I do not showcase pasta as much as I probably should on this blog, given that I live in Italy and we all love it in any shape or size. The reason is that more often than not, we throw together a pasta on a Friday night, while opening a bottle of wine to unwind, using up the last wilted greens and limp vegetables left in our fridge, and embellishing it with some pantry favorites (tuna, anchovies, smoked pancetta, olives...). No recipe, no amounts, no pre-planning. Just a relaxed, last-minute family meal made even better by the endless possibilities of the whole week end stretching ahead of us.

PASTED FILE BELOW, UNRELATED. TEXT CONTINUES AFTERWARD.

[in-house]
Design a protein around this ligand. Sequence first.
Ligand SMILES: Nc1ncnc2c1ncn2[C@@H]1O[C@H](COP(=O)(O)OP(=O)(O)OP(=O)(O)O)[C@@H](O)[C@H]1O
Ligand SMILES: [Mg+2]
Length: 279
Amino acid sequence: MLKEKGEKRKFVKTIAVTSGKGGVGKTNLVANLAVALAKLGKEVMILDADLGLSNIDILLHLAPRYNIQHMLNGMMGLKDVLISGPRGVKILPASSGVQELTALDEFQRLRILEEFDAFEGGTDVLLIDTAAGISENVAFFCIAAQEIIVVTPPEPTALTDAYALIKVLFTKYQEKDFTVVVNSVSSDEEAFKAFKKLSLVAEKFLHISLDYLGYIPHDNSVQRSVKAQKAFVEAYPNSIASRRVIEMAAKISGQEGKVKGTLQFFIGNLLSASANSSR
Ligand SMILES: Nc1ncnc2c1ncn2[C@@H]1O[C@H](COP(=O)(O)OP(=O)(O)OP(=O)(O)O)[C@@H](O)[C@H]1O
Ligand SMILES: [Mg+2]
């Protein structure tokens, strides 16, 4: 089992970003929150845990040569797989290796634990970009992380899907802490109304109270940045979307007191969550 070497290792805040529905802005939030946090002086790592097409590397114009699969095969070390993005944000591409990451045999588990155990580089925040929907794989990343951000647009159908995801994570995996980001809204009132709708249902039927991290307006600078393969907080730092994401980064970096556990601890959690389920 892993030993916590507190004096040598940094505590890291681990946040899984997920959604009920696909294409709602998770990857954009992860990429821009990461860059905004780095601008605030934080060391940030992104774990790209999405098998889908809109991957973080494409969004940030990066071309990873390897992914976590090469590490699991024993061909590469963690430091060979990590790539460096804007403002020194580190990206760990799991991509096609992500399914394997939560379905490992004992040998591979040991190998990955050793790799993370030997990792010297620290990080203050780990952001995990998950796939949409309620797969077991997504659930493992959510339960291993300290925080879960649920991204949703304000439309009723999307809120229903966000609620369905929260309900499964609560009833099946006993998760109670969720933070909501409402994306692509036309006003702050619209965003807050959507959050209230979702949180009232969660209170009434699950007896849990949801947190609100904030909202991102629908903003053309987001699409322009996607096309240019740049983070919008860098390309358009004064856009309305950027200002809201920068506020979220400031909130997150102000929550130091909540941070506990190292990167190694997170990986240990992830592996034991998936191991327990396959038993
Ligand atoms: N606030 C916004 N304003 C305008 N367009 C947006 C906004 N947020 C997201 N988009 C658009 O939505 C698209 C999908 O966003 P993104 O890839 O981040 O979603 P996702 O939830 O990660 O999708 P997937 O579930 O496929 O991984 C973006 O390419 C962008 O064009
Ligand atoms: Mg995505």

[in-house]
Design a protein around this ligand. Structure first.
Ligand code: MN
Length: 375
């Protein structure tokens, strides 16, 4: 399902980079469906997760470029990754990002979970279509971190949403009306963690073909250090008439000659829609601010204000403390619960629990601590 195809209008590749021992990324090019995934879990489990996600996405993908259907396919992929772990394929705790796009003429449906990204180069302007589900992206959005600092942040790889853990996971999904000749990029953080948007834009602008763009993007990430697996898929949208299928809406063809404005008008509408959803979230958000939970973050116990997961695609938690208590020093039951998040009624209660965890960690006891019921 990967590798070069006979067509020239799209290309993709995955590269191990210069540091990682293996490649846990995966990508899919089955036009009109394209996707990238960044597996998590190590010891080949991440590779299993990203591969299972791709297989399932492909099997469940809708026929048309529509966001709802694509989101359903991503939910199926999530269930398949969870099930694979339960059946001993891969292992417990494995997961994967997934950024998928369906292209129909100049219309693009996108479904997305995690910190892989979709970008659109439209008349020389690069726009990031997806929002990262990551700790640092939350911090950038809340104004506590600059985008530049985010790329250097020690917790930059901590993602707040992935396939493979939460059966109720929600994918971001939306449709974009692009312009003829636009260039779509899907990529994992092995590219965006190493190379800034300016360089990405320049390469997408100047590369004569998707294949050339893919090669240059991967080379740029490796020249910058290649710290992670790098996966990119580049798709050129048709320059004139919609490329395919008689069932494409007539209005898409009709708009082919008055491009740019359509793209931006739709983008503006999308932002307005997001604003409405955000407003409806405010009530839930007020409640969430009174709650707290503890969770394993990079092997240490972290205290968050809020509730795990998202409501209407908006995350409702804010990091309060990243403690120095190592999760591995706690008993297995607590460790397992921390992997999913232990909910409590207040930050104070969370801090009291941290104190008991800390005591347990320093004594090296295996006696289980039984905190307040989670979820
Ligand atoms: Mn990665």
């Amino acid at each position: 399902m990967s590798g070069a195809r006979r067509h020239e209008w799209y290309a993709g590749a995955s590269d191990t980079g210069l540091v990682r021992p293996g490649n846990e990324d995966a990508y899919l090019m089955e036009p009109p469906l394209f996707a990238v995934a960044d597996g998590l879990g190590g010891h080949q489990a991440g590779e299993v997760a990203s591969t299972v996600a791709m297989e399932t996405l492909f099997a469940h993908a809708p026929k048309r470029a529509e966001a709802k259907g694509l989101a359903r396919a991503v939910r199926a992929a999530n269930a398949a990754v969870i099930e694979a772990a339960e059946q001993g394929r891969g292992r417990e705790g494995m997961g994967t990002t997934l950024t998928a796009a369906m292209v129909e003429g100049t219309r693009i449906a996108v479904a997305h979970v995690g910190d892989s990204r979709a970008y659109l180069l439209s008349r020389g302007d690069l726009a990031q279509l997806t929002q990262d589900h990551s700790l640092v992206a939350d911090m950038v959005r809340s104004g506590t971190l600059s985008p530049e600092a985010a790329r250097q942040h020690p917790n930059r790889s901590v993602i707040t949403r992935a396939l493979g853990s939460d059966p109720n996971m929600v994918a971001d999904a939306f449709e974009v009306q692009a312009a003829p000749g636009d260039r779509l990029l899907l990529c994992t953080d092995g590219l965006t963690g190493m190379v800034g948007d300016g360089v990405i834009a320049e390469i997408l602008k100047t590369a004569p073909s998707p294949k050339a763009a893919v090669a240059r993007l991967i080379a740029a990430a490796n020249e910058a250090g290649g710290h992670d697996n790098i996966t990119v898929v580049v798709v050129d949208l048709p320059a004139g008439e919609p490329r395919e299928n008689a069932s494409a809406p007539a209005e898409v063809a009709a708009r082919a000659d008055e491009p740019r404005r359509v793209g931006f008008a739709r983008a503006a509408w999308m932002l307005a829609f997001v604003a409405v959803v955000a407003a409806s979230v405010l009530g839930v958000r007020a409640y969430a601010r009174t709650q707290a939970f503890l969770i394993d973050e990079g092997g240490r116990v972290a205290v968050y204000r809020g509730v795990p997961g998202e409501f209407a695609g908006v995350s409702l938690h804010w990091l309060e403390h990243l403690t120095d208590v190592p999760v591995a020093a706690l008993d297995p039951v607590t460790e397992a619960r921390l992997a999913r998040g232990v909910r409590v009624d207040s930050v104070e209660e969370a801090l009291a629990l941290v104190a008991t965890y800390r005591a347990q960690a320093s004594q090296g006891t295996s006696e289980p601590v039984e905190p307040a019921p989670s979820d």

Granted, pretty much all of the recipes I blog about are easy and foolproof, but pasta somehow always just seemed too obvious to write about. That is until I started thinking about all the times I look up techniques or recipes that are extremely common, staples in many households, especially when they are dishes from different cultures. If I look up how to make an authentic curry or how they cook rice in Japan, there must be someone in India or Japan wondering how much to salt their pasta water or how to get their pasta dishes creamier without adding butter or cream.
What may be obvious and second nature to some of us, isn't necessarily so for others. Sometimes we just need basic guidelines or flavor profiles to boost our confidence when trying to cook something new.